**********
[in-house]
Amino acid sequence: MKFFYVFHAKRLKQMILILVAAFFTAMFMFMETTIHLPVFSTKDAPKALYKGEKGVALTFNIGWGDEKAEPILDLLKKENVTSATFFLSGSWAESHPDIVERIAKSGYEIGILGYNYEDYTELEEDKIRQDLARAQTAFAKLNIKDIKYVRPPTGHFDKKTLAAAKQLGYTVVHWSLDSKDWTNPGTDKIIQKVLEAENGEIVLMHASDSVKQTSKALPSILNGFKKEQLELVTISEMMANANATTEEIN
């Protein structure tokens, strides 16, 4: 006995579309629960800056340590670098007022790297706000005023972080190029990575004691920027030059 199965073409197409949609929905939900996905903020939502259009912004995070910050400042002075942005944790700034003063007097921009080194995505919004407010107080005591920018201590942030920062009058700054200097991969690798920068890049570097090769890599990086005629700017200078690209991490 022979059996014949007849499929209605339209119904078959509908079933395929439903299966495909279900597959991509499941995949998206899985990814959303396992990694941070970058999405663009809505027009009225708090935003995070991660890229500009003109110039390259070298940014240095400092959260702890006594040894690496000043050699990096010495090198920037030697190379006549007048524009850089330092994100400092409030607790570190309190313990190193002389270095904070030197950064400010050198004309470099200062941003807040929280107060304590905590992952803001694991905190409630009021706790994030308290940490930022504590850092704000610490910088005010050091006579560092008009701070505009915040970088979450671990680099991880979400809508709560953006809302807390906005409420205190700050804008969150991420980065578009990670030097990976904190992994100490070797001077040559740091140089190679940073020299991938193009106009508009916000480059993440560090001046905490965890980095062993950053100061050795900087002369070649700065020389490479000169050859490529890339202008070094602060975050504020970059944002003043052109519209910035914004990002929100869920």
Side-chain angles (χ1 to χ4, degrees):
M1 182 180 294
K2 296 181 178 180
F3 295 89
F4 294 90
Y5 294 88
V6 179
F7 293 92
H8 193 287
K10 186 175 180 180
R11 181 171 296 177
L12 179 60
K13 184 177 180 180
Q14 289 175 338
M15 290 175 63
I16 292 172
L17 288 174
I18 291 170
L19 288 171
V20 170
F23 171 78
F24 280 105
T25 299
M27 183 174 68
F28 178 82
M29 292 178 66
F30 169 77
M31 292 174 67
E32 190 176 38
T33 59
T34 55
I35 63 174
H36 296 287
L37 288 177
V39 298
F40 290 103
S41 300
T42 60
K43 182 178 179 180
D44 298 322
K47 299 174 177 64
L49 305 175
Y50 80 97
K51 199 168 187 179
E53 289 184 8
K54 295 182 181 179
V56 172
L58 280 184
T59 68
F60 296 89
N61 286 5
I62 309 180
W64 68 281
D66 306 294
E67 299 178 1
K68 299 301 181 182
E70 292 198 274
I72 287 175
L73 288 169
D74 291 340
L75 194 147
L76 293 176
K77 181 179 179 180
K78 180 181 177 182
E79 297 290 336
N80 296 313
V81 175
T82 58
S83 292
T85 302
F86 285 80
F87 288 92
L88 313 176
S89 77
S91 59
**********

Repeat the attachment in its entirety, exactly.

[in-house]
Amino acid sequence: MKFFYVFHAKRLKQMILILVAAFFTAMFMFMETTIHLPVFSTKDAPKALYKGEKGVALTFNIGWGDEKAEPILDLLKKENVTSATFFLSGSWAESHPDIVERIAKSGYEIGILGYNYEDYTELEEDKIRQDLARAQTAFAKLNIKDIKYVRPPTGHFDKKTLAAAKQLGYTVVHWSLDSKDWTNPGTDKIIQKVLEAENGEIVLMHASDSVKQTSKALPSILNGFKKEQLELVTISEMMANANATTEEIN
């Protein structure tokens, strides 16, 4: 006995579309629960800056340590670098007022790297706000005023972080190029990575004691920027030059 199965073409197409949609929905939900996905903020939502259009912004995070910050400042002075942005944790700034003063007097921009080194995505919004407010107080005591920018201590942030920062009058700054200097991969690798920068890049570097090769890599990086005629700017200078690209991490 022979059996014949007849499929209605339209119904078959509908079933395929439903299966495909279900597959991509499941995949998206899985990814959303396992990694941070970058999405663009809505027009009225708090935003995070991660890229500009003109110039390259070298940014240095400092959260702890006594040894690496000043050699990096010495090198920037030697190379006549007048524009850089330092994100400092409030607790570190309190313990190193002389270095904070030197950064400010050198004309470099200062941003807040929280107060304590905590992952803001694991905190409630009021706790994030308290940490930022504590850092704000610490910088005010050091006579560092008009701070505009915040970088979450671990680099991880979400809508709560953006809302807390906005409420205190700050804008969150991420980065578009990670030097990976904190992994100490070797001077040559740091140089190679940073020299991938193009106009508009916000480059993440560090001046905490965890980095062993950053100061050795900087002369070649700065020389490479000169050859490529890339202008070094602060975050504020970059944002003043052109519209910035914004990002929100869920």
Side-chain angles (χ1 to χ4, degrees):
M1 182 180 294
K2 296 181 178 180
F3 295 89
F4 294 90
Y5 294 88
V6 179
F7 293 92
H8 193 287
K10 186 175 180 180
R11 181 171 296 177
L12 179 60
K13 184 177 180 180
Q14 289 175 338
M15 290 175 63
I16 292 172
L17 288 174
I18 291 170
L19 288 171
V20 170
F23 171 78
F24 280 105
T25 299
M27 183 174 68
F28 178 82
M29 292 178 66
F30 169 77
M31 292 174 67
E32 190 176 38
T33 59
T34 55
I35 63 174
H36 296 287
L37 288 177
V39 298
F40 290 103
S41 300
T42 60
K43 182 178 179 180
D44 298 322
K47 299 174 177 64
L49 305 175
Y50 80 97
K51 199 168 187 179
E53 289 184 8
K54 295 182 181 179
V56 172
L58 280 184
T59 68
F60 296 89
N61 286 5
I62 309 180
W64 68 281
D66 306 294
E67 299 178 1
K68 299 301 181 182
E70 292 198 274
I72 287 175
L73 288 169
D74 291 340
L75 194 147
L76 293 176
K77 181 179 179 180
K78 180 181 177 182
E79 297 290 336
N80 296 313
V81 175
T82 58
S83 292
T85 302
F86 285 80
F87 288 92
L88 313 176
S89 77
S91 59